Although crossing may seem scary, with all the historical (and current strife), it’s actually easy and safe for tourists. Your passport is scanned and returned at the checkpoint on each side, which are just a few steps away from each other. They do not stamp your passport.

Note that if there are demonstrations, or if tensions arise between the two sides, avoid this completely.

Crossing the Green Lone is one of the best things to do in Nicosia
Ledra Street Checkpoint

Ledra street, south of the Green Line, is very formal and quiet, with a few shops, cafes, an ice cream store, and the Civil Rights Monument (pictured above) near the border.

Alternatively, the Turkish side is more touristy, as many tourists cross over. It’s very lively with cafes, kebab shops, and shops selling designers clothing and bags. Venturing further into northern Nicosia, you’ll notice that not much has not been updated, likely since the takeover in 1974, possibly earlier. Everything is a bit worn and ragged.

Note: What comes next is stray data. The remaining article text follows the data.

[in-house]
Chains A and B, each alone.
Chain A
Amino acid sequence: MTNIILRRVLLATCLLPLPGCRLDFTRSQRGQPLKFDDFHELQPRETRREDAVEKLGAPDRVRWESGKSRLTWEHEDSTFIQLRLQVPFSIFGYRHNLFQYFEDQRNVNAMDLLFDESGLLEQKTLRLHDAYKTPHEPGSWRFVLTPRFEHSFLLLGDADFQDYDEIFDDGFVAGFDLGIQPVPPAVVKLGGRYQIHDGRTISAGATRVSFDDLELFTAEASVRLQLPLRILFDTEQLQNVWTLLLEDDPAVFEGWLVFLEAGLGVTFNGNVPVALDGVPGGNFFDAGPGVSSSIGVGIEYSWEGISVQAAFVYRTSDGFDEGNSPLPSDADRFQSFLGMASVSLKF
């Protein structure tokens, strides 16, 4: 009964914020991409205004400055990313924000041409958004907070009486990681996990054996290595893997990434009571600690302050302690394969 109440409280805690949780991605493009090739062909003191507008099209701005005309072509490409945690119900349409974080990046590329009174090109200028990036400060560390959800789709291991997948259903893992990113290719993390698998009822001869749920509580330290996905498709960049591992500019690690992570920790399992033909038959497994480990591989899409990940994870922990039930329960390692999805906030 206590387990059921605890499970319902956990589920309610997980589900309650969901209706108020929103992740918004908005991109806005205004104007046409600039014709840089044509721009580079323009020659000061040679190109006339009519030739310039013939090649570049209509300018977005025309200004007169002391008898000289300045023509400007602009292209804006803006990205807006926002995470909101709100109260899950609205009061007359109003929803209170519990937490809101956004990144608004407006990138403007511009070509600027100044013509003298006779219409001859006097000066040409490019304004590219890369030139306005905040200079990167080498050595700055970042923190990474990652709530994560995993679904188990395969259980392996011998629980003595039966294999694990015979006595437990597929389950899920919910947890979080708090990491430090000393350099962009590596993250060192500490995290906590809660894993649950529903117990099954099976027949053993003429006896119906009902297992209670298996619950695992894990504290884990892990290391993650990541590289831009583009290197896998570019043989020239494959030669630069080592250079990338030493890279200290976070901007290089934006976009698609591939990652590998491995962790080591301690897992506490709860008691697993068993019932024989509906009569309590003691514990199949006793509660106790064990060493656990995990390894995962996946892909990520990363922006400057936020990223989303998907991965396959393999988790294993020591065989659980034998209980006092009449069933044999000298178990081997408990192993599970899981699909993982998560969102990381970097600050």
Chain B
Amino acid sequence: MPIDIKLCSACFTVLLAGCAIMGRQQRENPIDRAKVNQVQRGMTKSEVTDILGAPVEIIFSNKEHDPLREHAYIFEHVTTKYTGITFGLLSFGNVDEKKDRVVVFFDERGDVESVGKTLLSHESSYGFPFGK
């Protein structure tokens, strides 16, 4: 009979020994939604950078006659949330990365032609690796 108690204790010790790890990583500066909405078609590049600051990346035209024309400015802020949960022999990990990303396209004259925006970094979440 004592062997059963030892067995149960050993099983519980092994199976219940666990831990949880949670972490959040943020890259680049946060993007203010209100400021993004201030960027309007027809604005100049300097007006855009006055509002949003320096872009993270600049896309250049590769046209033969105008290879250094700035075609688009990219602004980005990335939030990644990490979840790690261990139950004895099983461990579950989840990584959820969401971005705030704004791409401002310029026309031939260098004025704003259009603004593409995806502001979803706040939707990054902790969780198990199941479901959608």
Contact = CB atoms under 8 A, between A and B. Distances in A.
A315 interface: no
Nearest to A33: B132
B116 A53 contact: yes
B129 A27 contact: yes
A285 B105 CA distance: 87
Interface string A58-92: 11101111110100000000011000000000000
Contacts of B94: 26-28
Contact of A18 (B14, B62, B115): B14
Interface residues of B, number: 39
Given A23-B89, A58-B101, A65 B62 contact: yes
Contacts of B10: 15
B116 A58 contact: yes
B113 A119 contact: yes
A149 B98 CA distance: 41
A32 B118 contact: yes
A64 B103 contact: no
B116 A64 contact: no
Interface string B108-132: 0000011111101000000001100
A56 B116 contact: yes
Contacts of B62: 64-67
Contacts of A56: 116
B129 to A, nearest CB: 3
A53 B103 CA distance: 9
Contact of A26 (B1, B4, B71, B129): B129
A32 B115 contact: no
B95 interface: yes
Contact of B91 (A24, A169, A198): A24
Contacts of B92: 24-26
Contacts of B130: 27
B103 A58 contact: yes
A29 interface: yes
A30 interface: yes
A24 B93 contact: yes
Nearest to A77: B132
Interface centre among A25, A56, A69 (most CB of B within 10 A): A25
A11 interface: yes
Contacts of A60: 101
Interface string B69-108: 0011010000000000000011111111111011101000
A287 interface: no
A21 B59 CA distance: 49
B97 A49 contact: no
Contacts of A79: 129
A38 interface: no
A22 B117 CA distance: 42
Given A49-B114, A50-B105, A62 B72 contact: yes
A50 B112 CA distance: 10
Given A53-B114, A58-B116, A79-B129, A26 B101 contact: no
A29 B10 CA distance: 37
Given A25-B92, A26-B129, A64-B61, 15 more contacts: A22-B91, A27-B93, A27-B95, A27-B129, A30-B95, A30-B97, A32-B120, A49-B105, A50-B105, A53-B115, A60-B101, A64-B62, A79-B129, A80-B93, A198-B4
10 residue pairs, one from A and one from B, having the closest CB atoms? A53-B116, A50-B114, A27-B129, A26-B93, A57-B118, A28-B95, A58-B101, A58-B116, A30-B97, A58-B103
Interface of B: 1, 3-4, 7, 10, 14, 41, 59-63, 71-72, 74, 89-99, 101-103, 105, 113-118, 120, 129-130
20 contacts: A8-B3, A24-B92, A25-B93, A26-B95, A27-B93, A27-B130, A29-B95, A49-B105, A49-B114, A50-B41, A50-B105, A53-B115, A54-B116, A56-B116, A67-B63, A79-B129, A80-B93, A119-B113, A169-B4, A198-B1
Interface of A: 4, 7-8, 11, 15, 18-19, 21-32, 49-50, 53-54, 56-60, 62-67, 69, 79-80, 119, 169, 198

It really feels like you’re entering a different country, yet is not scary. And I found the locals to be very friendly.

Civil Rights Monument

Before you cross the Green Line, stop to see the Civil Rights Monument, The Resolution, in front of the checkpoint leaving the southern side.

Designed by Theodoulos Gregoriou, it contains multiple steel lances piercing the text of the Universal Declaration of Human Rights, bullseye style.

Büyük Han

Büyük Han is a 16th century caravanserai, or roadside inn, for travelers from Turkey and other parts of Cyprus. Built by the Ottomans, after taking Nicosia from the Venetians, it has been recently restored.

Today, it’s a tourist attraction, with art galleries, workshops, studios, bookshops, cafes, and coffee shops. This truly is a charming place to visit and one of the best stops in Nicosia.